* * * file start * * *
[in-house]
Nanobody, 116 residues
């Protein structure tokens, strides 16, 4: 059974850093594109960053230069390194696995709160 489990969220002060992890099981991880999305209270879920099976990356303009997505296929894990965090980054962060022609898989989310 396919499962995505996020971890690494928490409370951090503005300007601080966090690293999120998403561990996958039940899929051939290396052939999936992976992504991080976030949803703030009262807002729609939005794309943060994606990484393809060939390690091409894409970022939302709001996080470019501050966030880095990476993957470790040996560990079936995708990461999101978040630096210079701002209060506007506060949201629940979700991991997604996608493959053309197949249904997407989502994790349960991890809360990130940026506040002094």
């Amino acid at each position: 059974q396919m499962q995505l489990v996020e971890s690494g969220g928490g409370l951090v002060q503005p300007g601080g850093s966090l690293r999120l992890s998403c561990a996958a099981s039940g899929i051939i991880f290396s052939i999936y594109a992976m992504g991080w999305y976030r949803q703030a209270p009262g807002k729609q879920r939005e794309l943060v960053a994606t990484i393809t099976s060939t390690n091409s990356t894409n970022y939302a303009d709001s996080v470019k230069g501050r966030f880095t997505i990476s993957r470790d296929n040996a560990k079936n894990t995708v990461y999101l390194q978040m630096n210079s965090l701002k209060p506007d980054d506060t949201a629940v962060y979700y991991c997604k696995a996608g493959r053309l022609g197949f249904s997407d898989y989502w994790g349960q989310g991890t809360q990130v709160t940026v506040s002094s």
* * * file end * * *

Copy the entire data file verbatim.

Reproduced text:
[in-house]
Nanobody, 116 residues
């Protein structure tokens, strides 16, 4: 059974850093594109960053230069390194696995709160 489990969220002060992890099981991880999305209270879920099976990356303009997505296929894990965090980054962060022609898989989310 396919499962995505996020971890690494928490409370951090503005300007601080966090690293999120998403561990996958039940899929051939290396052939999936992976992504991080976030949803703030009262807002729609939005794309943060994606990484393809060939390690091409894409970022939302709001996080470019501050966030880095990476993957470790040996560990079936995708990461999101978040630096210079701002209060506007506060949201629940979700991991997604996608493959053309197949249904997407989502994790349960991890809360990130940026506040002094």
């Amino acid at each position: 059974q396919m499962q995505l489990v996020e971890s690494g969220g928490g409370l951090v002060q503005p300007g601080g850093s966090l690293r999120l992890s998403c561990a996958a099981s039940g899929i051939i991880f290396s052939i999936y594109a992976m992504g991080w999305y976030r949803q703030a209270p009262g807002k729609q879920r939005e794309l943060v960053a994606t990484i393809t099976s060939t390690n091409s990356t894409n970022y939302a303009d709001s996080v470019k230069g501050r966030f880095t997505i990476s993957r470790d296929n040996a560990k079936n894990t995708v990461y999101l390194q978040m630096n210079s965090l701002k209060p506007d980054d506060t949201a629940v962060y979700y991991c997604k696995a996608g493959r053309l022609g197949f249904s997407d898989y989502w994790g349960q989310g991890t809360q990130v709160t940026v506040s002094s």